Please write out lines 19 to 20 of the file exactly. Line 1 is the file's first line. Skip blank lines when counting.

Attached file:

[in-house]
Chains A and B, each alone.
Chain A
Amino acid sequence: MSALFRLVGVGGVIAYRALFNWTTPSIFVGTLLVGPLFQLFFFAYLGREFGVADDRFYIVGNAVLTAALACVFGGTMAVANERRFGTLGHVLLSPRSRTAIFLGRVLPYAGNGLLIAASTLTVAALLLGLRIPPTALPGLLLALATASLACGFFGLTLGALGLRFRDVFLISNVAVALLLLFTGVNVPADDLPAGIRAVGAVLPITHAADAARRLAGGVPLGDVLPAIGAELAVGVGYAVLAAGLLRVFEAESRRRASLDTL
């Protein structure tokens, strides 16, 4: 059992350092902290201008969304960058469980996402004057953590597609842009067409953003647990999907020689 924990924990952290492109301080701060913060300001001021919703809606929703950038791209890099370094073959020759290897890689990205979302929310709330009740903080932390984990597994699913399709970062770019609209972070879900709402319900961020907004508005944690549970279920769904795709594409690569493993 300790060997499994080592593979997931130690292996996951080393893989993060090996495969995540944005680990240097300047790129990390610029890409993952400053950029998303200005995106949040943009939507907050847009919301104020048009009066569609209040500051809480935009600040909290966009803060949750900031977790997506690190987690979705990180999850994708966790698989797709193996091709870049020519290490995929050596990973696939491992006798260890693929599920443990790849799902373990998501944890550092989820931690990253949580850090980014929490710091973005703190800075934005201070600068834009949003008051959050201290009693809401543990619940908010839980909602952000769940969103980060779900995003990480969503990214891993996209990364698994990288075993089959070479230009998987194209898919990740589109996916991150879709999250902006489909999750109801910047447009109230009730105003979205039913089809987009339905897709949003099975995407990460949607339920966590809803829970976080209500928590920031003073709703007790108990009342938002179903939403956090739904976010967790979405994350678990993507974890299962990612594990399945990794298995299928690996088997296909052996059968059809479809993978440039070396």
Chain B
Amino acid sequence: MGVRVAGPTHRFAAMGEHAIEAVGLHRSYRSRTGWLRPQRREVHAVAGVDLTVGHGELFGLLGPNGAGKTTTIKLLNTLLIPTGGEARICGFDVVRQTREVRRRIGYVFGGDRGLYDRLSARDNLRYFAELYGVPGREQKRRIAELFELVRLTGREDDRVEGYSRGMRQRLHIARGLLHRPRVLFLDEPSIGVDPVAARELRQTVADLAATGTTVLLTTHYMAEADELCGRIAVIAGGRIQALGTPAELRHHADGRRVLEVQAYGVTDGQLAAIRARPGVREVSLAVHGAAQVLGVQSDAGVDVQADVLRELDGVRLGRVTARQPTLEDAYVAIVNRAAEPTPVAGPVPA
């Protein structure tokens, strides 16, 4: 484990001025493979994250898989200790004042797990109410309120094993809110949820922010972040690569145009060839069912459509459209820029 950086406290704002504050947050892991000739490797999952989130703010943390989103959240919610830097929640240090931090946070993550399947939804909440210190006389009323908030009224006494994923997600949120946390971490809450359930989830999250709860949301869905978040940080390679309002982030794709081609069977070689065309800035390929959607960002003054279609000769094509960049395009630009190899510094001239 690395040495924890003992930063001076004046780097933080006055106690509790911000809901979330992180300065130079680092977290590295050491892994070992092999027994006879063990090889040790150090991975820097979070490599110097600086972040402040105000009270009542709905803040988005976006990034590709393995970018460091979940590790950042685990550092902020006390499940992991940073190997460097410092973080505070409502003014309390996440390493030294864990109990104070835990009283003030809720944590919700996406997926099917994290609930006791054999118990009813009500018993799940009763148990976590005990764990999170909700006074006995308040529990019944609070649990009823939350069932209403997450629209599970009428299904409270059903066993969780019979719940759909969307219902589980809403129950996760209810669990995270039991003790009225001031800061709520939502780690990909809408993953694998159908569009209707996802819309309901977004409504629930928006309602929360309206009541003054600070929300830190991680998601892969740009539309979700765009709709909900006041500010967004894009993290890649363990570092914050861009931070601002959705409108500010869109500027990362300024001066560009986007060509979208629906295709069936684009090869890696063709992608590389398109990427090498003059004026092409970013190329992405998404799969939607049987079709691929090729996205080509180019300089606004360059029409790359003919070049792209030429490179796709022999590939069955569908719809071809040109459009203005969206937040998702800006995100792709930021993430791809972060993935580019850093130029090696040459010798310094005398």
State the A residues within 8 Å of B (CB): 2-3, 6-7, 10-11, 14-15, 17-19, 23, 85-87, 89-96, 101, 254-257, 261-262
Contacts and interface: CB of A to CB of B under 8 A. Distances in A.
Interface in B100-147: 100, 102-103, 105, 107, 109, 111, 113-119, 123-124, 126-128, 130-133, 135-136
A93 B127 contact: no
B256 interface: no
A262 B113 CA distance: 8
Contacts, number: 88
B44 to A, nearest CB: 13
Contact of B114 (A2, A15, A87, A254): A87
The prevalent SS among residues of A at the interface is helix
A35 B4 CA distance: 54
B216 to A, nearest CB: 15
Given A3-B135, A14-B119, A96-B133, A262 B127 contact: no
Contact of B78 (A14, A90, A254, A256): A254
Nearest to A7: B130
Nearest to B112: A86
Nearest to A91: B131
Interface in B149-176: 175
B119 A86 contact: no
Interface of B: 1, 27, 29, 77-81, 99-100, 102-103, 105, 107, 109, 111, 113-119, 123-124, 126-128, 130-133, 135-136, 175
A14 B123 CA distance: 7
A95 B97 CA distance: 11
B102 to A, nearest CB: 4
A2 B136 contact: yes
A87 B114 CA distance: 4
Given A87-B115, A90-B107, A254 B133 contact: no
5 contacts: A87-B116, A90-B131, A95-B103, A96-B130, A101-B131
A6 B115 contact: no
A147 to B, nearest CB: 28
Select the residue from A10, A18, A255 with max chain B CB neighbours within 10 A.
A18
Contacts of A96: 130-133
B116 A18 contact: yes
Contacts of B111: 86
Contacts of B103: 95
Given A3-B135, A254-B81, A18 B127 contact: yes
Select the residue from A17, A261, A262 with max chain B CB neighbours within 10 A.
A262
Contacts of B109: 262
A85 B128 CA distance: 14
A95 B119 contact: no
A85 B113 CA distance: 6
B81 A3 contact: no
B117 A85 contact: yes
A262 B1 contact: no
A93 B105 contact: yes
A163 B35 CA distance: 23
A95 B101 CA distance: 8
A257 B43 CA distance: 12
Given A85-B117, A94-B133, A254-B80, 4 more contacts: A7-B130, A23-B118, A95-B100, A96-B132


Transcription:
A35 B4 CA distance: 54
B216 to A, nearest CB: 15